The goal of this research project is the development of synthetic probes with photoactivatable fluorescence to image multiple intracellular components in live cells with spatial resolution at the nanometer level. This challenging objective demands the identification of viable structural designs to enable fluorescence photoactivation with illumination conditions that avoid autofluorescence from and photodamage to live specimens as well as strategies to connect photoactivatable probes to intracellular targets in live cells selectively with labeling conditions that ensure negligible perturbations of cell functions and structures. In particular, the specific aims of this proposal are focused on the development of a mechanism to photoactivate bright far-red fluorescence with infinite contrast under green illumination and, eventually, of an entire family of switchable synthetic probes with partially-resolved emissions based on this photoactivation strategy. These research activities demand a significant amount of chemical synthesis to modify the structures of photoswitchable BODIPY–oxazine dyads, developed in the laboratories of the principal investigator over the course of the previous funding cycles, detailed spectroscopic analyses to characterize the photochemical and photophysical properties of the modified compounds, the labeling of model cells lines with these molecular probes and systematic imaging experiments of the resulting preparations.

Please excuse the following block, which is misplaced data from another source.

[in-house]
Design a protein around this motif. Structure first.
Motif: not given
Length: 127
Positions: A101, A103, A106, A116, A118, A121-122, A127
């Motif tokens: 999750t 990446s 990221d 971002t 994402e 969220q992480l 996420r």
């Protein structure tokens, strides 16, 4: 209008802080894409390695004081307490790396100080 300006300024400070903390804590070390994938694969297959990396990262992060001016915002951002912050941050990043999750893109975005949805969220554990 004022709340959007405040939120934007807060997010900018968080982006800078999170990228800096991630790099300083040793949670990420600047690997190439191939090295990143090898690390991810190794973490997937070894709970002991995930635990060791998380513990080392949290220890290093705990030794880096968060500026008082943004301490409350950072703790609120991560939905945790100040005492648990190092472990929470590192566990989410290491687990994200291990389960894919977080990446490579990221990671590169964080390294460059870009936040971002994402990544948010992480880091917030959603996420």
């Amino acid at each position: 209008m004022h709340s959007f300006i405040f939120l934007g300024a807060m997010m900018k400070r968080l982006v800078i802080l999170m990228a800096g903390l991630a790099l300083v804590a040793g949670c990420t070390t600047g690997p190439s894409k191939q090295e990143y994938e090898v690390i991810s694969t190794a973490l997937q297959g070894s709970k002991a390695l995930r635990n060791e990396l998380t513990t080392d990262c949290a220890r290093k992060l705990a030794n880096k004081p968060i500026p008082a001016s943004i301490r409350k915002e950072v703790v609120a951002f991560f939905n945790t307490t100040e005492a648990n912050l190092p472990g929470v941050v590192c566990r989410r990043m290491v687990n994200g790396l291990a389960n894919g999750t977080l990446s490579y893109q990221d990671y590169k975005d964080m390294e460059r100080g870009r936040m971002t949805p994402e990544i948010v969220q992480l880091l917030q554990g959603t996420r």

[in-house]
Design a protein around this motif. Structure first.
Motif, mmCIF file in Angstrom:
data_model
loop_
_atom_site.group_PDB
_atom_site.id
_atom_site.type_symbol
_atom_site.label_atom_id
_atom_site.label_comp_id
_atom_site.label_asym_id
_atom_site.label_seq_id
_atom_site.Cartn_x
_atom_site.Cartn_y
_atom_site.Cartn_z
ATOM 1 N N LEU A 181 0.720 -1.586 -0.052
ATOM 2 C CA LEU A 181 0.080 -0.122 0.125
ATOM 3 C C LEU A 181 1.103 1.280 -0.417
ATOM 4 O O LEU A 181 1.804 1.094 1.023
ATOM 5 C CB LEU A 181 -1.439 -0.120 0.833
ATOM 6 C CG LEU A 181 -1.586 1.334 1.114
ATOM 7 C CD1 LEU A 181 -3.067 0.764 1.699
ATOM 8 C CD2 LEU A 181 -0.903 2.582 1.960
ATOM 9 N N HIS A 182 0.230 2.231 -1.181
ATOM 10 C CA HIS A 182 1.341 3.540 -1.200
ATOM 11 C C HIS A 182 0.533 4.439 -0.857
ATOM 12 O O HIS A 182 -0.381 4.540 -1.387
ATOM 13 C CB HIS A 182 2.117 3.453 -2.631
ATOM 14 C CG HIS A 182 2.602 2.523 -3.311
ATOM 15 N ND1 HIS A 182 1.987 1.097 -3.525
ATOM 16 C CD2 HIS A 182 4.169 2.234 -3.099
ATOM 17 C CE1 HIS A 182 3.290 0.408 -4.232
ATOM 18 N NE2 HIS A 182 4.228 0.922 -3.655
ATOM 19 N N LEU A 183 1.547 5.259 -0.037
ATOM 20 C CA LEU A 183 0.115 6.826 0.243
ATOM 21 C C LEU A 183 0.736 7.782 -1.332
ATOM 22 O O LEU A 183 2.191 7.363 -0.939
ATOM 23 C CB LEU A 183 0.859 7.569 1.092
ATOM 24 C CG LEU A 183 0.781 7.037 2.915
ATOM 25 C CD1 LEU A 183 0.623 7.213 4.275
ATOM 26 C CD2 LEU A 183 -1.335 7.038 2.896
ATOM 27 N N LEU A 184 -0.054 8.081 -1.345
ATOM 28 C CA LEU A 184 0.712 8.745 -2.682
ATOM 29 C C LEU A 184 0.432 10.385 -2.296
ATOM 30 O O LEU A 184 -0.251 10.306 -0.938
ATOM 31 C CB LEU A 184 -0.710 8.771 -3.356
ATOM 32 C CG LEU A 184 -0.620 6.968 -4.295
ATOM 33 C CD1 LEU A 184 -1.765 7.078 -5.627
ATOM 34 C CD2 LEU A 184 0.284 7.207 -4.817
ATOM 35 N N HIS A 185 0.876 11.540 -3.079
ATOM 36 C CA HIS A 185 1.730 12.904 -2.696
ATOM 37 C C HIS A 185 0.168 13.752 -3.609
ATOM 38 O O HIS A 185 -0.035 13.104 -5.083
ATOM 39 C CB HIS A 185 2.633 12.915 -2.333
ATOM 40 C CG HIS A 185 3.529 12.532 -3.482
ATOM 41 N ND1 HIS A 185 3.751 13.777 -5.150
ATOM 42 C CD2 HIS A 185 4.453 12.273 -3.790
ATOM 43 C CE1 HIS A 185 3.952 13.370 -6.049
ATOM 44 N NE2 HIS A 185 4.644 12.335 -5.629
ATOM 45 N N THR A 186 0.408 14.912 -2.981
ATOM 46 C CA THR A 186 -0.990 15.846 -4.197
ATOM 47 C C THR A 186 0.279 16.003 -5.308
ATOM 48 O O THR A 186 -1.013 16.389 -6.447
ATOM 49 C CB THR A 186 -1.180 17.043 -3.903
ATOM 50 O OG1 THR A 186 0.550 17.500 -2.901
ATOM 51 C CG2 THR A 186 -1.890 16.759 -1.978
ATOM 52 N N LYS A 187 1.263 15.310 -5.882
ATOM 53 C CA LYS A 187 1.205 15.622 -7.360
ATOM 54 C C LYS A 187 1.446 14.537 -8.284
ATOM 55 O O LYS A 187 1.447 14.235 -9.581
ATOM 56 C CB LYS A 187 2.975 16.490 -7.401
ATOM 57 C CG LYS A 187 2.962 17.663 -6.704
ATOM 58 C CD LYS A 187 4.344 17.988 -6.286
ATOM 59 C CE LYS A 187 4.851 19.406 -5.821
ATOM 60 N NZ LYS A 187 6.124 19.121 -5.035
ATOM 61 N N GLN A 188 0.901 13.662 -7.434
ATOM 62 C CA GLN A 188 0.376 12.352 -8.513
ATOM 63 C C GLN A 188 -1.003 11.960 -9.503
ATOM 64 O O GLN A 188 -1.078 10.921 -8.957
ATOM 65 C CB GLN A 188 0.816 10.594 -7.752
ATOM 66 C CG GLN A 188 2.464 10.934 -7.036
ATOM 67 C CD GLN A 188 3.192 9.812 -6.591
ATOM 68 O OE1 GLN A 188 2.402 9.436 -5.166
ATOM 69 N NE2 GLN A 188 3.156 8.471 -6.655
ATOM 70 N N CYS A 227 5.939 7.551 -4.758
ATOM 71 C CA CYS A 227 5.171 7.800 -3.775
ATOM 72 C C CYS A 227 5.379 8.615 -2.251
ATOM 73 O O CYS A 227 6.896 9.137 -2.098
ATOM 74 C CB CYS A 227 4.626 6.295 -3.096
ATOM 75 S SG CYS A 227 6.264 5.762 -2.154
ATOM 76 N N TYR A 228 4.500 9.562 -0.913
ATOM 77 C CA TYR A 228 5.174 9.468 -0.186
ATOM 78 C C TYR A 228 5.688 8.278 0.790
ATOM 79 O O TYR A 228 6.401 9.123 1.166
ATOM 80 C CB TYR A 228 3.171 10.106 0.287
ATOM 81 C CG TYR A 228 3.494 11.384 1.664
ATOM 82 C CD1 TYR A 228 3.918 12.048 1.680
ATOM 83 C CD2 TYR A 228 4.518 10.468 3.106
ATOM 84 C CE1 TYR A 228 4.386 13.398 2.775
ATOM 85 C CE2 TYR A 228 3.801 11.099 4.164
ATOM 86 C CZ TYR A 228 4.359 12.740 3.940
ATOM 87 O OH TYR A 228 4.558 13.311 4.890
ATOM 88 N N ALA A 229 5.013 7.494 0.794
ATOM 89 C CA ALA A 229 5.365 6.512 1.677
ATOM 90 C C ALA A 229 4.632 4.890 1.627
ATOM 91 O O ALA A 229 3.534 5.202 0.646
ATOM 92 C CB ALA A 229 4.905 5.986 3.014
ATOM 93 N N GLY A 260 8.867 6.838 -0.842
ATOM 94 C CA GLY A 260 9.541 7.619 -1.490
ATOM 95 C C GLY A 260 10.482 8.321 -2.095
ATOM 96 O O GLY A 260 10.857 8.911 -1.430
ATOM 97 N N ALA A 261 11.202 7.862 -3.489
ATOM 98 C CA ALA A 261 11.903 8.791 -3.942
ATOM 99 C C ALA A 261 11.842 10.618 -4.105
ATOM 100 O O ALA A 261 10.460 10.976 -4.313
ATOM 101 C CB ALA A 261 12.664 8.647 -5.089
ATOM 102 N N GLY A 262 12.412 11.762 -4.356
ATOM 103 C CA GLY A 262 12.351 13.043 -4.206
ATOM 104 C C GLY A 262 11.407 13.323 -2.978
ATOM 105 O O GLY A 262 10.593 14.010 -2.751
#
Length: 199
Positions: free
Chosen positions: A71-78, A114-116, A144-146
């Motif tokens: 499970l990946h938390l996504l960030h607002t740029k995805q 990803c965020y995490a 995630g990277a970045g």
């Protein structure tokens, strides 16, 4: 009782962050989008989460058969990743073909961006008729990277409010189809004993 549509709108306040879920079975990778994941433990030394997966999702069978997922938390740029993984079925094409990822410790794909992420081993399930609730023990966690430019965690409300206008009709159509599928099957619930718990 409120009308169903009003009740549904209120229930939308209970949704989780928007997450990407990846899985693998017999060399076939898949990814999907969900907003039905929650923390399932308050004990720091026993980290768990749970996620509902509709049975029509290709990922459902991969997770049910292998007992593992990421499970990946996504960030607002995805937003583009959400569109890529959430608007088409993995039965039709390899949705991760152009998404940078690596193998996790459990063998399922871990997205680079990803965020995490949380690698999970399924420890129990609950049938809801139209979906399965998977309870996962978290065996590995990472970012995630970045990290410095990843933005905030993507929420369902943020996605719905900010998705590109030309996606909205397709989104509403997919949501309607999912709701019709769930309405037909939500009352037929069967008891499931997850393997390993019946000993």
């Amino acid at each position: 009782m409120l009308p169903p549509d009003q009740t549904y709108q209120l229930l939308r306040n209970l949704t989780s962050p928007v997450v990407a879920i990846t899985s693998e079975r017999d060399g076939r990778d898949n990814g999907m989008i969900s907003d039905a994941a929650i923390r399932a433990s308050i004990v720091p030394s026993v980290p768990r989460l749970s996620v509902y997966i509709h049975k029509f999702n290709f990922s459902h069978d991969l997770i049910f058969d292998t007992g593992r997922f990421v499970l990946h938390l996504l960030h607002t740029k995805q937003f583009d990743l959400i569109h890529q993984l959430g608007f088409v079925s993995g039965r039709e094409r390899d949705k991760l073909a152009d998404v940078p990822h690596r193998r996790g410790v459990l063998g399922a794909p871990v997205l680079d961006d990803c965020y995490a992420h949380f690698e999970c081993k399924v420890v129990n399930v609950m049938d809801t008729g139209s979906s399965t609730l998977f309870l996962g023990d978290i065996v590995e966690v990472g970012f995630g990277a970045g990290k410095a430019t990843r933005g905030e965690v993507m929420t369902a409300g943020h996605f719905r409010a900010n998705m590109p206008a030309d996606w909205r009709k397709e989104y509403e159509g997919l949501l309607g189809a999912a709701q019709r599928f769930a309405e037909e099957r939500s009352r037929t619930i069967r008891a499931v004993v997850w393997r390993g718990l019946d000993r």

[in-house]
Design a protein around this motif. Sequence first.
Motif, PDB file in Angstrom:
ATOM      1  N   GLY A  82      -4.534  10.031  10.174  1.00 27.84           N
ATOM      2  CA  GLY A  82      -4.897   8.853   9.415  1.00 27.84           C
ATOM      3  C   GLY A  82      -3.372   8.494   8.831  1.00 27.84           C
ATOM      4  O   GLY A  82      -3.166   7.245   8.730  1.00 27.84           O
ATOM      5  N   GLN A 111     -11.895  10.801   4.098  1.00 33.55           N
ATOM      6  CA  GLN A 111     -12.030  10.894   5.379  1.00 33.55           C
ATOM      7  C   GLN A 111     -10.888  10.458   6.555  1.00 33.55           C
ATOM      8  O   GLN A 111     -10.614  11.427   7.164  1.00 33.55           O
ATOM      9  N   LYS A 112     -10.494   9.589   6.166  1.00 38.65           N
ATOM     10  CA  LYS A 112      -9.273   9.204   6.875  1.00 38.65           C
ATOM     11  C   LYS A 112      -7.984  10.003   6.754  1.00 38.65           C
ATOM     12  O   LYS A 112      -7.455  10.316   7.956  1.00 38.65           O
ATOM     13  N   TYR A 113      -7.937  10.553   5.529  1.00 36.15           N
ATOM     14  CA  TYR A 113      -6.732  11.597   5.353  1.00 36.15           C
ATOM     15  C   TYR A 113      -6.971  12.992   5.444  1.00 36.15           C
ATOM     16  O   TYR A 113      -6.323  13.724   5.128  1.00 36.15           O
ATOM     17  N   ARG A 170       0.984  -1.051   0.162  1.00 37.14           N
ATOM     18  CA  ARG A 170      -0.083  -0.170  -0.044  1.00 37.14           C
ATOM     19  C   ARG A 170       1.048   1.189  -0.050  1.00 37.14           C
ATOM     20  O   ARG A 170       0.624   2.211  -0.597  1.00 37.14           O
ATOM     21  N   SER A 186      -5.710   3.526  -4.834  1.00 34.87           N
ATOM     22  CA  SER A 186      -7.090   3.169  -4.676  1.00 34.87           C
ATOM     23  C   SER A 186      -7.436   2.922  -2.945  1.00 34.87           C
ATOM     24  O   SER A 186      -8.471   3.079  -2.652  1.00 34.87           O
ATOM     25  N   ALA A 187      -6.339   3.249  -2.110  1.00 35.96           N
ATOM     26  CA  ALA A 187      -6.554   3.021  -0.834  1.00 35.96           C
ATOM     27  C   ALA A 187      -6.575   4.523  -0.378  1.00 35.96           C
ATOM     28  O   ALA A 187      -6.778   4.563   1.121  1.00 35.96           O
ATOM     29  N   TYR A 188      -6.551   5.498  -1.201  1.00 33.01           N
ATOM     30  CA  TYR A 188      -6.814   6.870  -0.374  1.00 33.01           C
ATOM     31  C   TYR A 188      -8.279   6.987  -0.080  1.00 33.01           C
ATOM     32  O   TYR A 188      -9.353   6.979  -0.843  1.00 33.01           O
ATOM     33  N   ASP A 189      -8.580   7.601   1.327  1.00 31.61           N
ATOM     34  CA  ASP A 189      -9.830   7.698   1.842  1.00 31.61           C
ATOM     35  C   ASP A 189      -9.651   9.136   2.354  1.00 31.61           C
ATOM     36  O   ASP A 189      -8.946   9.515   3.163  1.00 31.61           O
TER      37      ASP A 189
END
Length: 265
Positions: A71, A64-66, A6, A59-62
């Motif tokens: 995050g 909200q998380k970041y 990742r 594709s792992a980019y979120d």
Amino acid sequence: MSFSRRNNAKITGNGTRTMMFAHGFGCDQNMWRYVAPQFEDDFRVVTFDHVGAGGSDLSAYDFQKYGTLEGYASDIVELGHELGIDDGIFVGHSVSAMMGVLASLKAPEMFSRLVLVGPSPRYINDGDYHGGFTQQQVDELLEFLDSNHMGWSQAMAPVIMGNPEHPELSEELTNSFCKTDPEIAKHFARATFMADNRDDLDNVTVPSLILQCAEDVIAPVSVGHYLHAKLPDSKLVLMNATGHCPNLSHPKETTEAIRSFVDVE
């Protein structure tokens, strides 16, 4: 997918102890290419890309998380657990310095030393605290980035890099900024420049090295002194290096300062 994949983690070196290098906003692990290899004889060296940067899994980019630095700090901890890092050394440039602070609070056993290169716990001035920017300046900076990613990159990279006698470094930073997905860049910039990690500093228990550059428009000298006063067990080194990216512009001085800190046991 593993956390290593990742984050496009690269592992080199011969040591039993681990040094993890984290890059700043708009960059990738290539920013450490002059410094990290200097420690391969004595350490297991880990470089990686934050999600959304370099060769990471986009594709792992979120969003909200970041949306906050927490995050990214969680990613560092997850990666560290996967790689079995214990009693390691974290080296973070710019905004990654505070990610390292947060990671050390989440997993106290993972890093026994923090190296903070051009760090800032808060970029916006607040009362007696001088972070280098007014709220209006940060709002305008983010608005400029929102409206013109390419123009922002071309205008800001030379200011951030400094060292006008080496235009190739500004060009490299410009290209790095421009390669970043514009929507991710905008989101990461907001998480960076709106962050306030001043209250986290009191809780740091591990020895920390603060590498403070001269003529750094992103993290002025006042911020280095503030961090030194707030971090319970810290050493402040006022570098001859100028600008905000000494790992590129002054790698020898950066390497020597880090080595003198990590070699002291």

|Effective start/end date||8/15/20 → 7/31/23|
- University of Miami (OS00000274//1954430)
- National Science Foundation (OS00000274//1954430)